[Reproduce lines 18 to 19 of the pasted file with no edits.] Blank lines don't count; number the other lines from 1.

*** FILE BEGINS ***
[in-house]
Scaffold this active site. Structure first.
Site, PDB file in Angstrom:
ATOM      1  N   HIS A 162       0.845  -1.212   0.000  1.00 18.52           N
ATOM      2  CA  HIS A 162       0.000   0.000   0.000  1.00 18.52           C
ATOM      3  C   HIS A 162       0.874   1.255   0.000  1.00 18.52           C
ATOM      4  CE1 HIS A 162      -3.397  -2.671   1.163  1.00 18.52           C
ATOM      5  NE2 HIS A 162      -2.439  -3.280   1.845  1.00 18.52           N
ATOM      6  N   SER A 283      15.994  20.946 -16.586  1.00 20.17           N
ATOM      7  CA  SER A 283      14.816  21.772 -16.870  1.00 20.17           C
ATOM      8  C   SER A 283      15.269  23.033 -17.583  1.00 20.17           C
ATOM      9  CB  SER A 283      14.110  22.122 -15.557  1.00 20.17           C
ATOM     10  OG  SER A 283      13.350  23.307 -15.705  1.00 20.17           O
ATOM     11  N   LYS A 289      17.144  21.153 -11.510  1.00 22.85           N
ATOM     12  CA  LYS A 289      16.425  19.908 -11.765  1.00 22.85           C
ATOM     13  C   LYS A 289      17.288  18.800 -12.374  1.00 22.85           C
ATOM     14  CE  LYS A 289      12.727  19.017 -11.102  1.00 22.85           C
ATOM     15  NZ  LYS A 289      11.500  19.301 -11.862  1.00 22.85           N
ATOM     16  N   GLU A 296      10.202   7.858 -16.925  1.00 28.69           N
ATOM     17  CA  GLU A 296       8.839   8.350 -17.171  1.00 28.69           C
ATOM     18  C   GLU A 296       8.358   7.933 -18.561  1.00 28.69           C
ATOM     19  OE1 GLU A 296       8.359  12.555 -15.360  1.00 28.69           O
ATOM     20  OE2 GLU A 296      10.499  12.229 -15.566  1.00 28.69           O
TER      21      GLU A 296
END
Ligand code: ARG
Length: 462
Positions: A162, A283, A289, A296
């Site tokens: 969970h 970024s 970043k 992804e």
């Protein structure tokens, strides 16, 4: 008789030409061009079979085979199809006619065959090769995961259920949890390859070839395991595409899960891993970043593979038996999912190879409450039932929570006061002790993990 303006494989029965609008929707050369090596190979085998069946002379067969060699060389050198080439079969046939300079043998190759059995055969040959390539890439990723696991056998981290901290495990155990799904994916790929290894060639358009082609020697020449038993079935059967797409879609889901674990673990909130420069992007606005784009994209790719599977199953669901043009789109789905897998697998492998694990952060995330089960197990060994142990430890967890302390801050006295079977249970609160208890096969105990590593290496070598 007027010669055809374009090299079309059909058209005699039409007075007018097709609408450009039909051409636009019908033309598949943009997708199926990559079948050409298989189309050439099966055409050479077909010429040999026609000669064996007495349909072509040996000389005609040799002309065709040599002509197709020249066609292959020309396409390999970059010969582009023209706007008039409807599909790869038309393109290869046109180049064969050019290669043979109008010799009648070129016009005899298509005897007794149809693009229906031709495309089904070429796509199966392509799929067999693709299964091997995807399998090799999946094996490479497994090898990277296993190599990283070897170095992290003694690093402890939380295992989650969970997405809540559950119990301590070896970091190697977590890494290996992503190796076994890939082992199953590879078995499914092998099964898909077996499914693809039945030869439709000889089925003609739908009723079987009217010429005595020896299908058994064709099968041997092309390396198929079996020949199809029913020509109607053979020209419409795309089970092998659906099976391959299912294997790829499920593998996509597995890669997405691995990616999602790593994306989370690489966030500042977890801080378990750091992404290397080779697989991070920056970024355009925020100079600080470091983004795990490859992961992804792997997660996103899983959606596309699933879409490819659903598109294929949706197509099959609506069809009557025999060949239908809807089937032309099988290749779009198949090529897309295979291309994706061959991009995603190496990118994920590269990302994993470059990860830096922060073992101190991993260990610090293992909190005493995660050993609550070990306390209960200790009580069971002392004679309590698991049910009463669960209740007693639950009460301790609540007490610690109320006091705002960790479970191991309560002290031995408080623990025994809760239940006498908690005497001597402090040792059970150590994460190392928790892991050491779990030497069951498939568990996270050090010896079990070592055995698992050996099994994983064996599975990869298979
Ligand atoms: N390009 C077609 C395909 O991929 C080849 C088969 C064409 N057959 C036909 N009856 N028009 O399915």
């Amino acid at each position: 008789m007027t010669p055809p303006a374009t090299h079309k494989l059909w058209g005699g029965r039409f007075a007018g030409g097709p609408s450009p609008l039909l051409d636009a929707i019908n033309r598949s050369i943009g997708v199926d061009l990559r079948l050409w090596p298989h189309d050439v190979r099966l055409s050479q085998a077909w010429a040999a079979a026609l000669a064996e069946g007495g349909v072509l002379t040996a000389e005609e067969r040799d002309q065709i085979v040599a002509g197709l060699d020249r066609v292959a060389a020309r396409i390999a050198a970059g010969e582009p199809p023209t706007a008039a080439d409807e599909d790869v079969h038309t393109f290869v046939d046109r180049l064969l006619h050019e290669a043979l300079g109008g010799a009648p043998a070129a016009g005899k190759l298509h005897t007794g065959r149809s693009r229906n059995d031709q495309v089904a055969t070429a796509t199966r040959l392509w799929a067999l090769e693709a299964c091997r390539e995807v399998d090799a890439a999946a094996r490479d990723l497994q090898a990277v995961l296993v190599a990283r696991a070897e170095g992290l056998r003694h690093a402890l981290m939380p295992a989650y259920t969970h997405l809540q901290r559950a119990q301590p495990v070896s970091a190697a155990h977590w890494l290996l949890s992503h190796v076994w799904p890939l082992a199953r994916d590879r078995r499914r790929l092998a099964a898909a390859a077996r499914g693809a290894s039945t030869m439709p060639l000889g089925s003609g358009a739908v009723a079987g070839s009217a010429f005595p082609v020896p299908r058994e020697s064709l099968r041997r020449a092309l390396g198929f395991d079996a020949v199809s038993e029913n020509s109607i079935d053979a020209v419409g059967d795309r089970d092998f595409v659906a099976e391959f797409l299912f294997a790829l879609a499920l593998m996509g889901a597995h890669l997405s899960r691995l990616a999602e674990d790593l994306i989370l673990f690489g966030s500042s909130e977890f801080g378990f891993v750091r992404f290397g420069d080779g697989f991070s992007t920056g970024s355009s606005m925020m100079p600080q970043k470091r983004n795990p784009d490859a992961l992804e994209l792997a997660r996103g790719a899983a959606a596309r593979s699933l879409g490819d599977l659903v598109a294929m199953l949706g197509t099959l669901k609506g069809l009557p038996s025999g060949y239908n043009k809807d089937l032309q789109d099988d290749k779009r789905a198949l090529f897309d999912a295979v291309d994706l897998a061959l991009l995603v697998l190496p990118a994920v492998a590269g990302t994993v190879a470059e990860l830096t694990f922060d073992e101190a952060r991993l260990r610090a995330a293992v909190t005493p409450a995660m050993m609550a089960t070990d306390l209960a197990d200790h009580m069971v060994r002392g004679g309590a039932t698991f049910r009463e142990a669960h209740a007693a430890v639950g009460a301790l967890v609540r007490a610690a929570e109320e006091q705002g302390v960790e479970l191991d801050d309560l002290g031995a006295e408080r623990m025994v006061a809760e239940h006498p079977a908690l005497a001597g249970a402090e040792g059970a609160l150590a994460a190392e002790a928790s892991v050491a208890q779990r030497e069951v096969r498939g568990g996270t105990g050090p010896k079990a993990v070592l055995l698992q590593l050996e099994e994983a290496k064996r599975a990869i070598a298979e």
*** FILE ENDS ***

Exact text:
ATOM     15  NZ  LYS A 289      11.500  19.301 -11.862  1.00 22.85           N
ATOM     16  N   GLU A 296      10.202   7.858 -16.925  1.00 28.69           N